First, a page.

Tube service to New York’s Upper East Side — a dream more than a century in the making — was finally realised this week, with the opening of the new Second Avenue Subway, which extends the “Q” line service from Lexington Avenue/63rd Street north to 96th Street/Second Avenue.

The culmination of decades of planning and construction, the Second Avenue Q line extension includes new stops at 72nd, 86th and 96th streets — the first time in decades that there will be subway service to the Upper East Side east of Lexington Avenue.

The Q subway now runs from 96th Street south to lower Manhattan before crossing into Brooklyn and terminating at Coney Island. A second phase of the project will extend the line further north, to 125th Street.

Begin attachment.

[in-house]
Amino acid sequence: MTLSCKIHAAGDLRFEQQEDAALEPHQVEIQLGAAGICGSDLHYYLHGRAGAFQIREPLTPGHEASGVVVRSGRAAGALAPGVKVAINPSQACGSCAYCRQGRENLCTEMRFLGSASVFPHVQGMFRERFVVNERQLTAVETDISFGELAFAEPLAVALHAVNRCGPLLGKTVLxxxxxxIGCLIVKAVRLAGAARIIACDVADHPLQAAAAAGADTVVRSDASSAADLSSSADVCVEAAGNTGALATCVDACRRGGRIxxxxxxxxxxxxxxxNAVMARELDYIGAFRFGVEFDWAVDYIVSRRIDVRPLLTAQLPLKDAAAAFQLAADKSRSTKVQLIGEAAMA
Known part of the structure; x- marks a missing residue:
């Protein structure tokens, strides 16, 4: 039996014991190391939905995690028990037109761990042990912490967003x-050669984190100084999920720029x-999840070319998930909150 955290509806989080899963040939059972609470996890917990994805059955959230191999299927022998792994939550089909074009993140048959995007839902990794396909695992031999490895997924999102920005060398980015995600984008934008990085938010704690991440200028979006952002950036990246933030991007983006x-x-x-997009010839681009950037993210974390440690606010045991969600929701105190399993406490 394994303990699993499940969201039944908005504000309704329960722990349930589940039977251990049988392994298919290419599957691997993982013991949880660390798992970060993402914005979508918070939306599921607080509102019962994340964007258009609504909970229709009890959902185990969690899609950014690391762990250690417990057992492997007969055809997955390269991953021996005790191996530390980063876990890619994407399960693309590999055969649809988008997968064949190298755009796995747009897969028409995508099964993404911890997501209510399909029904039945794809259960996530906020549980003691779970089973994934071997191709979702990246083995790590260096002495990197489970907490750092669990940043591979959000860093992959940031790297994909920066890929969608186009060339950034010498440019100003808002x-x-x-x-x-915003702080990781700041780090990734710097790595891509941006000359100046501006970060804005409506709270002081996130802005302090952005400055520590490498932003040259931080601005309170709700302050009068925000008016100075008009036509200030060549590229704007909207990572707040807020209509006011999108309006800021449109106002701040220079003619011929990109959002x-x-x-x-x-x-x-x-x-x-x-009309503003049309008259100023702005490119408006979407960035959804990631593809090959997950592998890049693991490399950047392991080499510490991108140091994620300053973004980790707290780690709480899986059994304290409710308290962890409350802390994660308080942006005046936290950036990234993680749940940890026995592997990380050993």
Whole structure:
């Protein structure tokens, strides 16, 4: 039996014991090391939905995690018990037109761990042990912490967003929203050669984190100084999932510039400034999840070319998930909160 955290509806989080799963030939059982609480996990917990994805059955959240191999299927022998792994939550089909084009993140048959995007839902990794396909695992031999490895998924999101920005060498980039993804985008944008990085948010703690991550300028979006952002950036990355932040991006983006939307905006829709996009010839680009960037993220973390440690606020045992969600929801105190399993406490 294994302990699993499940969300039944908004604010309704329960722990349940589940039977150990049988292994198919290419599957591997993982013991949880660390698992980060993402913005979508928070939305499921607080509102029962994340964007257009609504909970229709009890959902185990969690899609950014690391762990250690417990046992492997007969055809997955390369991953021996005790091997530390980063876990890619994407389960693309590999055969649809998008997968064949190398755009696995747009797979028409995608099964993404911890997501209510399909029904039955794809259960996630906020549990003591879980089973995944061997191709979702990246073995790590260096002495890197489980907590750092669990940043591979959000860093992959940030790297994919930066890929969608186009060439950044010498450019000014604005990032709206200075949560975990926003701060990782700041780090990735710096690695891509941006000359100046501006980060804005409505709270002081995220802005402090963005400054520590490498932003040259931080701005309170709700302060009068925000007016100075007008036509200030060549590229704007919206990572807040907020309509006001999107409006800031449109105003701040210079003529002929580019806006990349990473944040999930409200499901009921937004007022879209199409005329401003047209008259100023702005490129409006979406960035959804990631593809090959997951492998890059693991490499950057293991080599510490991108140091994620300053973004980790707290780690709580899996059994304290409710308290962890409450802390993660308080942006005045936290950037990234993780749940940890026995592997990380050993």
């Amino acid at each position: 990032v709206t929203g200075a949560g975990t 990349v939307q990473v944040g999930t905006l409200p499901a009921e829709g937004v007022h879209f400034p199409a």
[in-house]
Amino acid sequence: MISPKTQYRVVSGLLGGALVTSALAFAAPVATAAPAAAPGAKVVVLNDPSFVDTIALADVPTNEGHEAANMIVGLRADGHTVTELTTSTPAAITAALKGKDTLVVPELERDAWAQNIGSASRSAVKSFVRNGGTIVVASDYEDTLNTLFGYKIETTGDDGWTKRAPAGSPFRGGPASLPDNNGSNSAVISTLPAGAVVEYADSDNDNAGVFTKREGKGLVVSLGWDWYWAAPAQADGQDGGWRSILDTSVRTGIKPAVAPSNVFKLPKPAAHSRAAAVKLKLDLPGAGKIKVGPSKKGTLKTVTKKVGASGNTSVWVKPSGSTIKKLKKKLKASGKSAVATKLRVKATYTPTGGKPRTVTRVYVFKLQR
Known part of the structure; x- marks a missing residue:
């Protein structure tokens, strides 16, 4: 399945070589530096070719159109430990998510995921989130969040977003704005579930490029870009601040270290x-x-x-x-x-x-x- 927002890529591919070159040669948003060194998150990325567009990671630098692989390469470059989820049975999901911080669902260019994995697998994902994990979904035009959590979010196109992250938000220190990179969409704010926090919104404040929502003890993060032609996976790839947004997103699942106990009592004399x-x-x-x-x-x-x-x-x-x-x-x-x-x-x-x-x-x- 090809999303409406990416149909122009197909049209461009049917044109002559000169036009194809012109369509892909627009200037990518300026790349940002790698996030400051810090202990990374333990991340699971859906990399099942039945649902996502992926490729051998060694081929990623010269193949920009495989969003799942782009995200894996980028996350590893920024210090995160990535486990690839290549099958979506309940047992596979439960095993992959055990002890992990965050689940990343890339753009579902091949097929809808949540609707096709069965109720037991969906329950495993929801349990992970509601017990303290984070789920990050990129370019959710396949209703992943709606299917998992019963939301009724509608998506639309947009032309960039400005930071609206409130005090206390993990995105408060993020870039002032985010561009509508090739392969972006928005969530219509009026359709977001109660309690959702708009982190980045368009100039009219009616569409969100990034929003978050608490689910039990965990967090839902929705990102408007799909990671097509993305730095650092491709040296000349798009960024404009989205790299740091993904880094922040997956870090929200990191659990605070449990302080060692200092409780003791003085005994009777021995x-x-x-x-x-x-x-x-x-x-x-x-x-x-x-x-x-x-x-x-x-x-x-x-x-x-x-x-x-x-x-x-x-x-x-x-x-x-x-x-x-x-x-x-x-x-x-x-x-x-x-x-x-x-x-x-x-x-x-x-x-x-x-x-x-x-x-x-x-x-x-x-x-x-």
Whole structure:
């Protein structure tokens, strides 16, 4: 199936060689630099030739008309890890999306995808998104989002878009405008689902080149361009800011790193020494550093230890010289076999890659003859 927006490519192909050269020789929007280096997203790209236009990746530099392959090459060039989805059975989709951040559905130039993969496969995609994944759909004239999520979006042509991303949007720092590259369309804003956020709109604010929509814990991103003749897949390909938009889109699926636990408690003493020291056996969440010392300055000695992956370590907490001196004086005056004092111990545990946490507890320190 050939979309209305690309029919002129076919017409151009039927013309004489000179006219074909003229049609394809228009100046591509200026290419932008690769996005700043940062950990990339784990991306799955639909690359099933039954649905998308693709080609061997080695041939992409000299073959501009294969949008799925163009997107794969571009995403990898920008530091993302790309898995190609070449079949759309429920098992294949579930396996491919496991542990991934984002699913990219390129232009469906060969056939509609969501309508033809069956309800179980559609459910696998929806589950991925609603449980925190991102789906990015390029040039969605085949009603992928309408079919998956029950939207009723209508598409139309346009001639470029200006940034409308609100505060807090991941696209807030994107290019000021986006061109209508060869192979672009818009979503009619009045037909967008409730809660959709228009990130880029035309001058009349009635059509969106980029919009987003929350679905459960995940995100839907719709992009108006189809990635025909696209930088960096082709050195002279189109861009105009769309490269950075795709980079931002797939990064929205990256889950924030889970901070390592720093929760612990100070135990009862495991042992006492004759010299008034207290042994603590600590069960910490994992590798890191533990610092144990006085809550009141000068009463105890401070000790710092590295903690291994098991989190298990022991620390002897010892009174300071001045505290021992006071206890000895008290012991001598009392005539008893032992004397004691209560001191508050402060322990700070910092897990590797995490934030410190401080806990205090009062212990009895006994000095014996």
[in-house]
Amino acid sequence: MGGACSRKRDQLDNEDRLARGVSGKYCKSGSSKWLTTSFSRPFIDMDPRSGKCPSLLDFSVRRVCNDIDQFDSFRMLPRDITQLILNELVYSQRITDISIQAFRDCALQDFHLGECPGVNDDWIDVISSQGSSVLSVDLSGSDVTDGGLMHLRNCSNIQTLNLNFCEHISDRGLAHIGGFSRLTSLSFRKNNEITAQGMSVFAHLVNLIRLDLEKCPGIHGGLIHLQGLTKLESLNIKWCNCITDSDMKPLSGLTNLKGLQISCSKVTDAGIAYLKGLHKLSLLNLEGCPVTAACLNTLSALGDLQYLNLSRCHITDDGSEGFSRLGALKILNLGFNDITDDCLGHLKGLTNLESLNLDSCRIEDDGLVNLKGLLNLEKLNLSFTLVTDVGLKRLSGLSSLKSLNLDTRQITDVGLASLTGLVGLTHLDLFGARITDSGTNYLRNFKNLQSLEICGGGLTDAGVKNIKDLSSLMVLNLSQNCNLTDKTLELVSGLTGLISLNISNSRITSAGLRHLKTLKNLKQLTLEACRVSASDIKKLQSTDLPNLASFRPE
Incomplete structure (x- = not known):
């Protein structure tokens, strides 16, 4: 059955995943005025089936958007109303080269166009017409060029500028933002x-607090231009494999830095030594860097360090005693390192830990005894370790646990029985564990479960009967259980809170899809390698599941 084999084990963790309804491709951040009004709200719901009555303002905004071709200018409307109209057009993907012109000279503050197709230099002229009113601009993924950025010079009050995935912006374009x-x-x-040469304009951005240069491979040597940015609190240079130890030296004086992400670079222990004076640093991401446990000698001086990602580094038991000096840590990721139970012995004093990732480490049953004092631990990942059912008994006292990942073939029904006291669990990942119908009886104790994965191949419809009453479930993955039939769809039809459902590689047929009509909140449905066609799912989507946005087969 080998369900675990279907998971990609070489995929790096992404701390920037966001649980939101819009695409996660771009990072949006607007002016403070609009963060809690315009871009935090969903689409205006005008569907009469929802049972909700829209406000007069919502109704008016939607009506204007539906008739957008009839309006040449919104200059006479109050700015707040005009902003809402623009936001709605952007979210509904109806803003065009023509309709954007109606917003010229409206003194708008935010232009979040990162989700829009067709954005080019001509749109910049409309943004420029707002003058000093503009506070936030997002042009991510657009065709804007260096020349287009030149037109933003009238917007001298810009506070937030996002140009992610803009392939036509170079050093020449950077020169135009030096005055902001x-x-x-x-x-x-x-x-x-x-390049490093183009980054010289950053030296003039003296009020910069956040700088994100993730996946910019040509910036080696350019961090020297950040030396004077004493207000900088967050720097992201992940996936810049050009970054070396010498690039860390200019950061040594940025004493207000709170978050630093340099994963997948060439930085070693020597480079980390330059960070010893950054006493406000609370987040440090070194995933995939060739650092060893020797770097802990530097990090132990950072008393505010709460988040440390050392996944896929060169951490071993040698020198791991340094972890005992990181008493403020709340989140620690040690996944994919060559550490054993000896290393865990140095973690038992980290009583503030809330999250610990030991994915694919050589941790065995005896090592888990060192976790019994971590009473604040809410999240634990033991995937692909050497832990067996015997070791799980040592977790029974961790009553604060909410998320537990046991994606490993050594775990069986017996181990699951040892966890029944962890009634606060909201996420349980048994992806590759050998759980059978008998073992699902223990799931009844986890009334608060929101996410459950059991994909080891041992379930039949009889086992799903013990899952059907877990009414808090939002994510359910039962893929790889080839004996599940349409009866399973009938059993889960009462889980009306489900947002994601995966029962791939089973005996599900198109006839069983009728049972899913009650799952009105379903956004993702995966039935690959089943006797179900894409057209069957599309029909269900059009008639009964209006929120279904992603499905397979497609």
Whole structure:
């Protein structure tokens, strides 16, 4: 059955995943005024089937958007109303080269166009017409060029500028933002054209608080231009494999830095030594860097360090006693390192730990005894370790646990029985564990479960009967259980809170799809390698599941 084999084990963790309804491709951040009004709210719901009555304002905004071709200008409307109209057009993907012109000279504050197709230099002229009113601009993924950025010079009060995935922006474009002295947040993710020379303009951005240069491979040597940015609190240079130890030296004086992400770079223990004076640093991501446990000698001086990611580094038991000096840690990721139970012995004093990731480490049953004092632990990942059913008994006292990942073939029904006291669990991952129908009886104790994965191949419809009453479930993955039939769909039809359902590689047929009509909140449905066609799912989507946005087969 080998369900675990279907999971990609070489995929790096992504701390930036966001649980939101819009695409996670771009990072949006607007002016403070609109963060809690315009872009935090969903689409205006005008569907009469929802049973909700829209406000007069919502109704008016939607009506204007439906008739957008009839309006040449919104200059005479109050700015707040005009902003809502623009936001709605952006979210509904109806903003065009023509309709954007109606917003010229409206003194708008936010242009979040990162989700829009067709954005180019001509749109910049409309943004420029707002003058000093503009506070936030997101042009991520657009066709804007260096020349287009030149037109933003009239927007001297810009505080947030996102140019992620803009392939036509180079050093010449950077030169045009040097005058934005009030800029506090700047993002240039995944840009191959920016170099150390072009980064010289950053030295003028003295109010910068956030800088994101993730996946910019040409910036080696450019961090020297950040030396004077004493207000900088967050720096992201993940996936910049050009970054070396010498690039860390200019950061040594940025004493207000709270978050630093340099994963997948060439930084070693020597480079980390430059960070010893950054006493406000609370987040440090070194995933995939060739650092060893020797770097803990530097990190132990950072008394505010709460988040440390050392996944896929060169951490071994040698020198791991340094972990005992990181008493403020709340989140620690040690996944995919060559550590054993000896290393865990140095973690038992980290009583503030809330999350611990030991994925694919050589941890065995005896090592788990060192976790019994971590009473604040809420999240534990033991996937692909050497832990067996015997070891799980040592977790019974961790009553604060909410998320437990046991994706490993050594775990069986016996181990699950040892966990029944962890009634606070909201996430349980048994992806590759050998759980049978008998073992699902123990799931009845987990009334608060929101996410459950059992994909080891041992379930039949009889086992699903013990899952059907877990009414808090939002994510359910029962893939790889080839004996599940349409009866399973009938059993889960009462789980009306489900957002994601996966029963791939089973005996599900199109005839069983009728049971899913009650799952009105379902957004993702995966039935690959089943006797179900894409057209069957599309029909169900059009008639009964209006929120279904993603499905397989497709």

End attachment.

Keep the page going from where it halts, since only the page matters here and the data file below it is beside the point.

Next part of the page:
Elevated train lines once ran along Second and Third Avenue, but both were demolished by the 1950s. The opening of the Second Avenue Subway is the first major expansion of the New York subway system in more than 50 years.

“After nearly a century, the Second Avenue Subway is no longer a dream that only a few still believe is possible. Thanks to the dedication and tireless efforts of thousands of great New Yorkers, the stations are open, the trains are running and it is spectacular,” said New York Governor Andrew M. Cuomo, who took the inaugural ride on the subway on New Year’s Eve.

Trains will initially operate on the line between 0600 and 2200 daily; late-night service (2200 to 0600) will begin on January 9, 2017.

Modern, high-ceilinged and handicapped-accessible new train stations are graced with the largest permanent public art installation in New York State history, including works by Jean Shin, Vik Muniz, Chuck Close, and Sarah Sze.